B. K. S. Iyengar is widely credited with the development of practicing yoga with the help of props. Although the use of props was known earlier in crude form, Iyengar evolved both their use and the sequences of asanas commonly practiced today. He categorized groups of poses according to anatomical structure, physiological functioning and psychological effect. IyengarÆs early writings describe how he began experimenting with ordinary, everyday objects such as walls, chairs, stools, blocks, bolsters, blankets, and belts to help his students move deeper into postures. By providing more height, weight, and support, he discovered that props helped students of all ages and all levels understand and retain key movements and subtle adjustments of the body. These discoveries inspired him to experiment further and to create props adjusted to suit individual needs.
Today the therapeutic use of props for special populations is one of the most distinguishing features of Iyengar yoga and one that many other schools (styles) of yoga are integrating into their curriculum. IyengarÆs innovations in the understanding, practice, and teachings of yoga are described in great detail in his books and videos. Yoga: The Path to Holistic Health illustrates the use of sequences of poses supported with props to treat or prevent over eighty ailments. Iyengar demystified what had previously been a somewhat secret, exclusive, and inaccessible art. He made yoga immensely practical and accessible to ordinary men and women, including those who begin in the later years.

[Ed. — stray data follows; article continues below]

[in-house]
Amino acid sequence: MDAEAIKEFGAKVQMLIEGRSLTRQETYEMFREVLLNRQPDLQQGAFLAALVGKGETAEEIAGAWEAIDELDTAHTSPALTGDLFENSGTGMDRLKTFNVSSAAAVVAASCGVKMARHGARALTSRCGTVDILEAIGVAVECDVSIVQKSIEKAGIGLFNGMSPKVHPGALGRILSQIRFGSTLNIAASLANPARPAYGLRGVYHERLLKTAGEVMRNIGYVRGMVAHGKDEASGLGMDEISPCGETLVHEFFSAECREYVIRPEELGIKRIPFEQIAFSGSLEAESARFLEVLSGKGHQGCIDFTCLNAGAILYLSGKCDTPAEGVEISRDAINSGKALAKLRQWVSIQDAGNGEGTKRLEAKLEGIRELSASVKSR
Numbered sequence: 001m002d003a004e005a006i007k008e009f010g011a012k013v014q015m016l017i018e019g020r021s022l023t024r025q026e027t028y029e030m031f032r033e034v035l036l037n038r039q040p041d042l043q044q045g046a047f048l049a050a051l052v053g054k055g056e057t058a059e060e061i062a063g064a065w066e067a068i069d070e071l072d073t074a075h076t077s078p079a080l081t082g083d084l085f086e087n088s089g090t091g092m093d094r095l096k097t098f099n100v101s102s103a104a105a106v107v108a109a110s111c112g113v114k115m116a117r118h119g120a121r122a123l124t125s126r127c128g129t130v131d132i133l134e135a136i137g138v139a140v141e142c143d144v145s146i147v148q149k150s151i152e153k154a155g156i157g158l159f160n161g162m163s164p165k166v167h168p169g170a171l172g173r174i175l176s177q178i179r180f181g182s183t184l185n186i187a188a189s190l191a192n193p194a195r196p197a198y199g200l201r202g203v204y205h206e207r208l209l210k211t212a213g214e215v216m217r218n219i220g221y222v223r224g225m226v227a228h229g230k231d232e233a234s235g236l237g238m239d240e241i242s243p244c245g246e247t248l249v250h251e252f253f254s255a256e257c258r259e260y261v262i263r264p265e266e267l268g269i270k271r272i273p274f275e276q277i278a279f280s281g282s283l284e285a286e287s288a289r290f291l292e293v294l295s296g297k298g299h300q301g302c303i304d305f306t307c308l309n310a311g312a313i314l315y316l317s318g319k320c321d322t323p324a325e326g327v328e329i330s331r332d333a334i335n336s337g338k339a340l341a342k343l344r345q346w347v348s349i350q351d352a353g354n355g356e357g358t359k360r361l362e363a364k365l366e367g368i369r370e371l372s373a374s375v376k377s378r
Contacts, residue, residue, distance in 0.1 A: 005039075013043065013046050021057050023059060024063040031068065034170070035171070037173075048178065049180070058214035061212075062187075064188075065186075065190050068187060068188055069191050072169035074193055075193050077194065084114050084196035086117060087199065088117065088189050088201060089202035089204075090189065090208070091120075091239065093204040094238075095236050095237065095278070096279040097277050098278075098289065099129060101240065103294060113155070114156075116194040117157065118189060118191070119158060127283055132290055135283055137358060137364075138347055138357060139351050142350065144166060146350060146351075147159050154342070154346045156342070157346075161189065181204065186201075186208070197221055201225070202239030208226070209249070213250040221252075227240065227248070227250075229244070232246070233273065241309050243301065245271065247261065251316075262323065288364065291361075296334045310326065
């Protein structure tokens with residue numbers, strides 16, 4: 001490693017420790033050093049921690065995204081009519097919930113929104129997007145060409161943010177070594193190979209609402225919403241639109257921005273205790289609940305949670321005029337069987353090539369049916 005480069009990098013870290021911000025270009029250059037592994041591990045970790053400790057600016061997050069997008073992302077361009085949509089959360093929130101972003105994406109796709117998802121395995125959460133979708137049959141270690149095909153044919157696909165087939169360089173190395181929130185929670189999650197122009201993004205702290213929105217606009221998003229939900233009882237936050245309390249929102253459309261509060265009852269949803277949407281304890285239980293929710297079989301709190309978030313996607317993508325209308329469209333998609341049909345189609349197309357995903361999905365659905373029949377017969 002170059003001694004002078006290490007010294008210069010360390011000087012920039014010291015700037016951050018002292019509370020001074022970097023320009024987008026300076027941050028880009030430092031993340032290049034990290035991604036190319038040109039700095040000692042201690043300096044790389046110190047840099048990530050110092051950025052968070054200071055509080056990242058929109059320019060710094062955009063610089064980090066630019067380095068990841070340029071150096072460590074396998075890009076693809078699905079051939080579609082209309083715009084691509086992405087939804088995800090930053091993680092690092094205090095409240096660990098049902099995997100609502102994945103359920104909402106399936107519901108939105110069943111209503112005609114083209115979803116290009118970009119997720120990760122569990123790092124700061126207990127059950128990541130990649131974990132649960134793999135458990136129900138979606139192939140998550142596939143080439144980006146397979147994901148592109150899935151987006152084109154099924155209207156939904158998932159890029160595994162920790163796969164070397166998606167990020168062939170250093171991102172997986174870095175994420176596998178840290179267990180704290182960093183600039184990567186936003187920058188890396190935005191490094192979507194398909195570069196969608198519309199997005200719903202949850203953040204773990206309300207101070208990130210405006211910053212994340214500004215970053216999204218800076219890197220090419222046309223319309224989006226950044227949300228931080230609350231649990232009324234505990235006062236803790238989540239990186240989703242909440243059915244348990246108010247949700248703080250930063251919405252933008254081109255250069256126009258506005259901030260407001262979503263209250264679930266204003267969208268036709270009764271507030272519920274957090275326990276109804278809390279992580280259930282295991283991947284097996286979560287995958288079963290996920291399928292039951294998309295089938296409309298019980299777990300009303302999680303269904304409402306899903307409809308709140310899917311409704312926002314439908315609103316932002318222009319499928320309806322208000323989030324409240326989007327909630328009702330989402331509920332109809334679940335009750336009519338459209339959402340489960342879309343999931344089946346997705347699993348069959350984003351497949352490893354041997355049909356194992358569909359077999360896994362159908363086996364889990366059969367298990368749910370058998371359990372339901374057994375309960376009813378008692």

What Are Props and Why Do We Use Them?
In the world of yoga, a prop is any object that provides height, weight, or support and helps you stretch, strengthen, balance, relax, or improve your body alignment. Props are used both for therapeutic purposes, as previously mentioned, and to teach specific actions such as ôlifting the kneecaps,ö ôelongating the spine,ö ôopening the chest,ö and others, which you will hear repeated over and over again in yoga classes.